August 16, 2017

Old sins cast long shadows.

In Korea they date back to the early 20th century, and the shadows have been lengthening ever since.

The collective psyche of North Korea today can only be understood in terms of its dark past, artificially preserved by a totalitarian regime without equal.

For 35 years, from the pseudo-treaty of annexation in 1910 to Emperor Hirohito’s surrender in 1945, the Korean peninsula was subject to brutal Japanese rule.

During the Second World War, over five million Koreans were pressed into forced labour, in which one in ten died.

Many tens of thousands of Korean women were conscripted for sex work for the Japanese military as “comfort women.”

Rehabilitation of such a country was never going to be easy… and it hasn’t been.

Birth of a Nation (Two Nations)

The first problem when war ended was forming an administration. Unlike other liberated countries of East Asia, there was no former colonial power or exiled government to retake control. At the Allies’ Moscow Conference in October 1944, the Russians agreed to declare war on Japan as soon as Germany was defeated. Stalin fulfilled his pledge on 8 August 1945, two days after the US dropped the first atomic bomb on Hiroshima. Japan surrendered on 15 August (which North Korea celebrates as its national liberation day), and the Soviet Union, with troops nearest the peninsula, would quickly move into the vacuum. As an interim measure to disarm the Japanese occupation forces and repatriate 700,000 or so Japanese civilians, Moscow and Washington agreed to divide the peninsula along the 38th Parallel and administer their respective zones under United Nations trusteeship – Russia to the north, the US to the south.

The Korean candidates for leadership when sovereignty was devolved fell into two categories: Communists, who had fought against the Japanese in Manchuria and China with Mao Zedong’s People’s Liberation Army (PLA), and ‘Nationalists’ in exile in the West, mainly the US. Of the Communists, the Russian-trained guerrilla leader Kim Il-Sung (Kim “one star”) soon emerged pre-eminent. Of the Nationalists, Syngman Rhee, a political refugee in America since 1904, emerged the strongest. Paradoxically, while Kim Il-Sung had been born into a Presbyterian family in the north, before abandoning his faith, Syngman Rhee had had a traditional Confucian education in the south, converting to Christianity in his late teens through the influence of American medical missionaries.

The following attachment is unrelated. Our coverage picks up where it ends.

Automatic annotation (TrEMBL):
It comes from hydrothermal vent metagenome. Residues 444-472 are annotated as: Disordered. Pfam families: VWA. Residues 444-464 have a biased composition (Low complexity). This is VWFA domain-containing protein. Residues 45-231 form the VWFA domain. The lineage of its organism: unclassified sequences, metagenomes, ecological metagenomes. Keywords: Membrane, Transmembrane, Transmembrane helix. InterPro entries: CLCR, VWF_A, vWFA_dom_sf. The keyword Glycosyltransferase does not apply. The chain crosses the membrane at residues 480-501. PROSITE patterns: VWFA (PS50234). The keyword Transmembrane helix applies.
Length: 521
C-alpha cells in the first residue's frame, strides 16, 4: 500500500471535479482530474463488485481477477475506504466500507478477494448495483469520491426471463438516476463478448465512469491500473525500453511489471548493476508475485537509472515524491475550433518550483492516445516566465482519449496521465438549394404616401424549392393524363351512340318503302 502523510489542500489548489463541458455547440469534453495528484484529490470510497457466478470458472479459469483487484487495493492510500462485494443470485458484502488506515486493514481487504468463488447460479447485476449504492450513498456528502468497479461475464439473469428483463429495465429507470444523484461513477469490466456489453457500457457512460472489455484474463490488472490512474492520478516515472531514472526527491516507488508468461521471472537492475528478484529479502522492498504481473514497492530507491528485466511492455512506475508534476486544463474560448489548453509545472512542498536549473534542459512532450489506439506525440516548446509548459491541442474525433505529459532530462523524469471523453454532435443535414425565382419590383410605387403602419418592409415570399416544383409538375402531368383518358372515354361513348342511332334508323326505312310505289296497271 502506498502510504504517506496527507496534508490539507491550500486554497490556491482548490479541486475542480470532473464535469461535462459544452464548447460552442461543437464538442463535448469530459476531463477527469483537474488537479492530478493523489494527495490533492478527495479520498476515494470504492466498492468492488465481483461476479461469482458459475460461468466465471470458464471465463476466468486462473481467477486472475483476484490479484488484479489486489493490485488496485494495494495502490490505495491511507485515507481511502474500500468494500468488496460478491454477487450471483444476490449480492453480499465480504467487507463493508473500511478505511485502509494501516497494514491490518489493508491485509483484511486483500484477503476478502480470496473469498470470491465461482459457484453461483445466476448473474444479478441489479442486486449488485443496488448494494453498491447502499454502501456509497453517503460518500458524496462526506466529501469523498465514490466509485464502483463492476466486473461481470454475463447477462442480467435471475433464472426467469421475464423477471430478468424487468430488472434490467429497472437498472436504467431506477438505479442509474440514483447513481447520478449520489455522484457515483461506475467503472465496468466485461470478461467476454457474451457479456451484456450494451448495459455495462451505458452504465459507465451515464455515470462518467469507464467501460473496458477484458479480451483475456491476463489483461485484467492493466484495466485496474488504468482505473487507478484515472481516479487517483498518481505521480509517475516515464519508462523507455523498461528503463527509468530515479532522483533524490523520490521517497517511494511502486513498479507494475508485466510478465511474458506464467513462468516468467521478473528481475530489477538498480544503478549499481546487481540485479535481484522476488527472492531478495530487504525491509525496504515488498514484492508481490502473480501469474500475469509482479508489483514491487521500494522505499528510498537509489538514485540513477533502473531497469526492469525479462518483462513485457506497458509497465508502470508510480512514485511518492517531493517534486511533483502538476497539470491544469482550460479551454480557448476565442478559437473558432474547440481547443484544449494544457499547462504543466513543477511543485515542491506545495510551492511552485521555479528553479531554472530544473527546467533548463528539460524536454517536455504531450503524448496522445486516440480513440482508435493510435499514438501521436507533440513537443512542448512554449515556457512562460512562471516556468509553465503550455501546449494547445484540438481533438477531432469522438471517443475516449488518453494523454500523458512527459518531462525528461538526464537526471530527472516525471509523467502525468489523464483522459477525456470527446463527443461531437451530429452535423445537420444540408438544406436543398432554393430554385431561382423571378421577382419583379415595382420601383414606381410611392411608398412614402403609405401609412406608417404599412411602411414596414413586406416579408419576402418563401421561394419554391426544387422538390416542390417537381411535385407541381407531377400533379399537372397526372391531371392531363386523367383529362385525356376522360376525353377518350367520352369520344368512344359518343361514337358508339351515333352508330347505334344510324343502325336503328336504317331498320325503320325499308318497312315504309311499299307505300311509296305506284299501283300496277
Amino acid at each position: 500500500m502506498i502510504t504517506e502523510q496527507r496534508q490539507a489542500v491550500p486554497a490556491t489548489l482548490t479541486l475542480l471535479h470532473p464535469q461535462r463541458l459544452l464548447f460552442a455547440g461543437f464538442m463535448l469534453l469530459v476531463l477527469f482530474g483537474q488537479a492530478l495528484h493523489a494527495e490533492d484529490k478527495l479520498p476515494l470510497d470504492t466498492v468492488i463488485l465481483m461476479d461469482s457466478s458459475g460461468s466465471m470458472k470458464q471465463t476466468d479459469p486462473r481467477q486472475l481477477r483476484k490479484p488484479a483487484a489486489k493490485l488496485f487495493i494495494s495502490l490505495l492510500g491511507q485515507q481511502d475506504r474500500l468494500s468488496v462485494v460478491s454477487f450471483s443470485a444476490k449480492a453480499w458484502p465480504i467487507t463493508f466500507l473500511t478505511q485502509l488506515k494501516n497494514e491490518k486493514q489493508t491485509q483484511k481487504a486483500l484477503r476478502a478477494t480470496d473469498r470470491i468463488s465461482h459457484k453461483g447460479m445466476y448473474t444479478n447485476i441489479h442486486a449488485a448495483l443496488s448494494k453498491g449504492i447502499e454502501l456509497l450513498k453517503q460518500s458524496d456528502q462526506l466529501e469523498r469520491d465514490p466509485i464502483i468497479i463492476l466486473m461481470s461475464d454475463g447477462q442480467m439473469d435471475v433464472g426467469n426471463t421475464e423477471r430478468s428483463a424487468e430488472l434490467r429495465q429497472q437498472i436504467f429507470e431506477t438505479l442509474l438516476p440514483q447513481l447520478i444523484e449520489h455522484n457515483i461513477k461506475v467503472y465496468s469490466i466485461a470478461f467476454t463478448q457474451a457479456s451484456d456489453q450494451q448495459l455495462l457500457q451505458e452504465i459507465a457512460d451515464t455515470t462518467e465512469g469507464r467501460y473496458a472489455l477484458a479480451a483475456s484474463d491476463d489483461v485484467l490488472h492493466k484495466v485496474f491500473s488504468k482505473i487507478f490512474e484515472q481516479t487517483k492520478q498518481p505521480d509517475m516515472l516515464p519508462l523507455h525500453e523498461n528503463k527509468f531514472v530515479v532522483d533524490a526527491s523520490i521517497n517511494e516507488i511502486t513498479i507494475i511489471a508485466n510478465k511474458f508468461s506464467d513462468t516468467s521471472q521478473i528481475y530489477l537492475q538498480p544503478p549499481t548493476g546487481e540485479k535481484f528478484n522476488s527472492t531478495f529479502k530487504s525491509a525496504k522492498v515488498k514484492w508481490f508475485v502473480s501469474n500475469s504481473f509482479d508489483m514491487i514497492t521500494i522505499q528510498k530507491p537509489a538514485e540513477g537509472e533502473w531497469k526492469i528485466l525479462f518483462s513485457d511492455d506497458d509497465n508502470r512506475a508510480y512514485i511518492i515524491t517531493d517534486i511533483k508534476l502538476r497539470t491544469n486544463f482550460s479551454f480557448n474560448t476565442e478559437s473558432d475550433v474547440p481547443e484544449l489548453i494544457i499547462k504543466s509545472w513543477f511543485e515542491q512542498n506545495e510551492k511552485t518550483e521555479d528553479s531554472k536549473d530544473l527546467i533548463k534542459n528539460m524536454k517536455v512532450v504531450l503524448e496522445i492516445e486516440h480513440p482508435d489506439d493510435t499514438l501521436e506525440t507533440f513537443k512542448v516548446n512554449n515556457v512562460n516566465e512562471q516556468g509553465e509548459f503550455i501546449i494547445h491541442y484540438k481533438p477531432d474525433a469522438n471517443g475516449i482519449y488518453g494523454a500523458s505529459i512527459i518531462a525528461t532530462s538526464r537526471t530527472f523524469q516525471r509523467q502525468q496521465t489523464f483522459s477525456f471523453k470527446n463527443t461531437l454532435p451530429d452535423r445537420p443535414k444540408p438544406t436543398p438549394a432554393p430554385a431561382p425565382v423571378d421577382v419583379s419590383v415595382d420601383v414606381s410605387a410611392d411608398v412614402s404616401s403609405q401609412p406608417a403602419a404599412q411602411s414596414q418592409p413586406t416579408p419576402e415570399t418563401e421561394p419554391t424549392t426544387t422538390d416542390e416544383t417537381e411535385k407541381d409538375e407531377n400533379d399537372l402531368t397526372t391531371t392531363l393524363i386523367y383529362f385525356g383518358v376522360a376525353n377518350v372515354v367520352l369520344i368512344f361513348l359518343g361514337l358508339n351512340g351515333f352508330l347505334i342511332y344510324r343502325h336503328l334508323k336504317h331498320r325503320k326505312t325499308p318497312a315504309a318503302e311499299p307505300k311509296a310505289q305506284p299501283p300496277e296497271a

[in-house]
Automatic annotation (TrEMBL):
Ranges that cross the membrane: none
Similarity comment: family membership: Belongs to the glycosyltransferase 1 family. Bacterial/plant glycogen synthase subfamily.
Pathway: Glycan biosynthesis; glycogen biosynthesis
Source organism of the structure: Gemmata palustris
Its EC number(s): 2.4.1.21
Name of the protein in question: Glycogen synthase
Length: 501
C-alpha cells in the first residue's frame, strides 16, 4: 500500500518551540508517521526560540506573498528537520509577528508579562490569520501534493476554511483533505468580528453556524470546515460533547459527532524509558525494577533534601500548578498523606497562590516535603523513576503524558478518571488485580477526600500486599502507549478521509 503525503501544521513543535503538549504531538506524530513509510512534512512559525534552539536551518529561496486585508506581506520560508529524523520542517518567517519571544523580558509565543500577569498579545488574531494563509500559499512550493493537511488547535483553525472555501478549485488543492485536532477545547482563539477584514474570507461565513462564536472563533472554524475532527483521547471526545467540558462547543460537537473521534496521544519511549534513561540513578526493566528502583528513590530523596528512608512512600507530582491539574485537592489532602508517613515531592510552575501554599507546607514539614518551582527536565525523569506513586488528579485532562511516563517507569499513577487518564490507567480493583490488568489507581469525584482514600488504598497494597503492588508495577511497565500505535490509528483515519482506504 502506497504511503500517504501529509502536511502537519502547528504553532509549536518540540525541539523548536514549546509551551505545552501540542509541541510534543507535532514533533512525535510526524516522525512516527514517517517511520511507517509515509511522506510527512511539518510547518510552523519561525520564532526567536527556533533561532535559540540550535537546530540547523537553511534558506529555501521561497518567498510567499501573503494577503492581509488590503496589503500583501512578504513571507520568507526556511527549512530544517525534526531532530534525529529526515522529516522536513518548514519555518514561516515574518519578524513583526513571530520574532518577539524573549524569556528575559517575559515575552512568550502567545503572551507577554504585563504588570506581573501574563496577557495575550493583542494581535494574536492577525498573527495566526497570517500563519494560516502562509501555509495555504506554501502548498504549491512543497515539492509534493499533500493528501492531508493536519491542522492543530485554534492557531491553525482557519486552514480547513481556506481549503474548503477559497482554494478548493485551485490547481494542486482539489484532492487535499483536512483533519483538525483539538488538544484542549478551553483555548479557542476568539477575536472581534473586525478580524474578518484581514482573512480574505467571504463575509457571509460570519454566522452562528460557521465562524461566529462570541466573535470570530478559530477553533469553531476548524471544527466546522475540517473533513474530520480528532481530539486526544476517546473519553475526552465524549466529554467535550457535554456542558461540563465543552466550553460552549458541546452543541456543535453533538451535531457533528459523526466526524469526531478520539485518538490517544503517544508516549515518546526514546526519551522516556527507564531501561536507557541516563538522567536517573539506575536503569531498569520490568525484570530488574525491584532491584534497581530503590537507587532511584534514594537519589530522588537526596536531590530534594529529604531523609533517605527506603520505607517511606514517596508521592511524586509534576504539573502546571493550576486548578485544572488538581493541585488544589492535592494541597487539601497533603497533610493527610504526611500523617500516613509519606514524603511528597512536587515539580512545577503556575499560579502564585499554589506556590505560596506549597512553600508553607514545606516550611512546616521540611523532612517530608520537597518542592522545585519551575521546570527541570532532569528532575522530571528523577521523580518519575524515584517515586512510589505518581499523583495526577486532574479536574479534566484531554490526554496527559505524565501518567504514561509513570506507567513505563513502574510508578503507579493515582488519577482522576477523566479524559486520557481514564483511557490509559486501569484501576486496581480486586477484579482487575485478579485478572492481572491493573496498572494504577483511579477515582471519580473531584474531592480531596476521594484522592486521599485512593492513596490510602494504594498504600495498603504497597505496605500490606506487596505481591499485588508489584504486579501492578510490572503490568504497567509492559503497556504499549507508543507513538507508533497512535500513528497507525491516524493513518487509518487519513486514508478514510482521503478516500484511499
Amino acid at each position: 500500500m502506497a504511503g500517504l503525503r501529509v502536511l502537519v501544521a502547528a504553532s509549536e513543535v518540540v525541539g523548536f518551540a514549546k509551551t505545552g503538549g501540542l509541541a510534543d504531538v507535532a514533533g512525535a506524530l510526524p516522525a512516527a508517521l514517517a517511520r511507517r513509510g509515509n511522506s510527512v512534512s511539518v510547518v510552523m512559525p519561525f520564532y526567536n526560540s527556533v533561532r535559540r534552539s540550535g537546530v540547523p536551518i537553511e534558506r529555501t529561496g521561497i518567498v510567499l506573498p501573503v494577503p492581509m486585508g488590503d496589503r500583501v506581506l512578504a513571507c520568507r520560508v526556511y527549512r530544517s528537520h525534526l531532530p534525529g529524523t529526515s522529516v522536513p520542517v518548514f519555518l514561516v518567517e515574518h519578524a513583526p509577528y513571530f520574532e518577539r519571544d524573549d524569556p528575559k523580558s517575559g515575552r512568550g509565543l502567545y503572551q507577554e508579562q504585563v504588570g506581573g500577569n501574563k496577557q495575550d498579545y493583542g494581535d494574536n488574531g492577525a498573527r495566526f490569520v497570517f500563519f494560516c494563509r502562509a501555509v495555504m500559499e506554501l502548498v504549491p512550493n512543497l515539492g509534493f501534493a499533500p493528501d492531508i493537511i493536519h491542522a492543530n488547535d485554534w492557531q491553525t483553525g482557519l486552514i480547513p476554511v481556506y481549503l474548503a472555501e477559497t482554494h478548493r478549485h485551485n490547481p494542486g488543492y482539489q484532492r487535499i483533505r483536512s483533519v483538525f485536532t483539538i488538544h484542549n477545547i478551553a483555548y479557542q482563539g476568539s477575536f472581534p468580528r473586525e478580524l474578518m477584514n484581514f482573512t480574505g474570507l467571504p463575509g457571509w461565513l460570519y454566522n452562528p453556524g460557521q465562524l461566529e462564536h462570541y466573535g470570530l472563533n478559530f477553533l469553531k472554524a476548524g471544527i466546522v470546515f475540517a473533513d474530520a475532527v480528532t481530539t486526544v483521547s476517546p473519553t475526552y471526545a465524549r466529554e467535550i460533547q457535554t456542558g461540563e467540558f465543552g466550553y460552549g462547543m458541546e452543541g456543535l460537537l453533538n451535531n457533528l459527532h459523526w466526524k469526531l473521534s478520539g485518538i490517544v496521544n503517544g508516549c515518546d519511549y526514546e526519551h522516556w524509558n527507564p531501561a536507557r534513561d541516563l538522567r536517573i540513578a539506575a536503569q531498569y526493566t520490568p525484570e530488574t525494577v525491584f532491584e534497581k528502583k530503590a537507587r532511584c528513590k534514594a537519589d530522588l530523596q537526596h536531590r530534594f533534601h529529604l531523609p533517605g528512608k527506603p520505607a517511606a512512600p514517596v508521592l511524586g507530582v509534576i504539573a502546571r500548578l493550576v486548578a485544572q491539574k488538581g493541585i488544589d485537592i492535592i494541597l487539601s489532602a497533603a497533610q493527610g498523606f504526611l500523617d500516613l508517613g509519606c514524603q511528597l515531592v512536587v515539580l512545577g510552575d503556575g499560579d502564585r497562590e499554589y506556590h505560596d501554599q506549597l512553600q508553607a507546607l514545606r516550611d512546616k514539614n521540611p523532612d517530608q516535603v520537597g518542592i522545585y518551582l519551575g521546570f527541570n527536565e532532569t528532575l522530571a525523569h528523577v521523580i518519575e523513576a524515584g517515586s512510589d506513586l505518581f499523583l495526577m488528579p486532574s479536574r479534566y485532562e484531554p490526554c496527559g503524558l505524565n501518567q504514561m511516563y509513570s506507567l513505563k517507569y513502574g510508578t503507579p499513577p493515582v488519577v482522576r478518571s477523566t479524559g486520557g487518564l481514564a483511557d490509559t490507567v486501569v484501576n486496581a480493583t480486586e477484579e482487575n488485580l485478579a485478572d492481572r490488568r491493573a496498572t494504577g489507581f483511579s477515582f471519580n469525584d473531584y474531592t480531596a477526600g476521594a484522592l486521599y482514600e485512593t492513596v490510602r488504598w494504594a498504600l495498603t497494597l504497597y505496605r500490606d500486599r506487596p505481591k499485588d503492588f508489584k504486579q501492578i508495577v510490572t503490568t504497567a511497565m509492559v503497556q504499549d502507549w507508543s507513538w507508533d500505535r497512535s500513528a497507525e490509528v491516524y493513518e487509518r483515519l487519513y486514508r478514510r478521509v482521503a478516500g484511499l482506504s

1 in 10 Koreans died in the Second World War and tens of thousands of ‘comfort women’ were forced to provide sexual services to their Japanese occupiers. You can’t understand today’s regime in Pyongyang without recognising the fears of a return to the brutality that preceded it
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By the end of the three-year UN trusteeship, a third of the North’s population (around three million) had migrated to the South despite the North’s advantage in industry and raw materials (the South was largely agrarian, much poorer, and generally considered to be backward). The North therefore boycotted what were intended to be nationwide parliamentary elections, and consequently in August 1948 the South formed the Republic of Korea (ROK) with Syngman Rhee as president. The following month the North formed the Democratic People’s Republic of Korea (DPRK) with Kim Il-Sung as “Eternal Leader”.

Encouraged by the DPRK, communists in the South began an insurgency which led to sporadic fighting along the border between the newly formed ROK Army and the DPRK’s Korean People’s Army (KPA). Atrocities on both sides were common. Nevertheless, in December 1948 the UN established a commission for the unification of Korea and the withdrawal of the occupation forces. While the commission oversaw the withdrawal of almost all US and Soviet forces in 1949, it made no progress towards unification.

The First of the Cold War’s Wars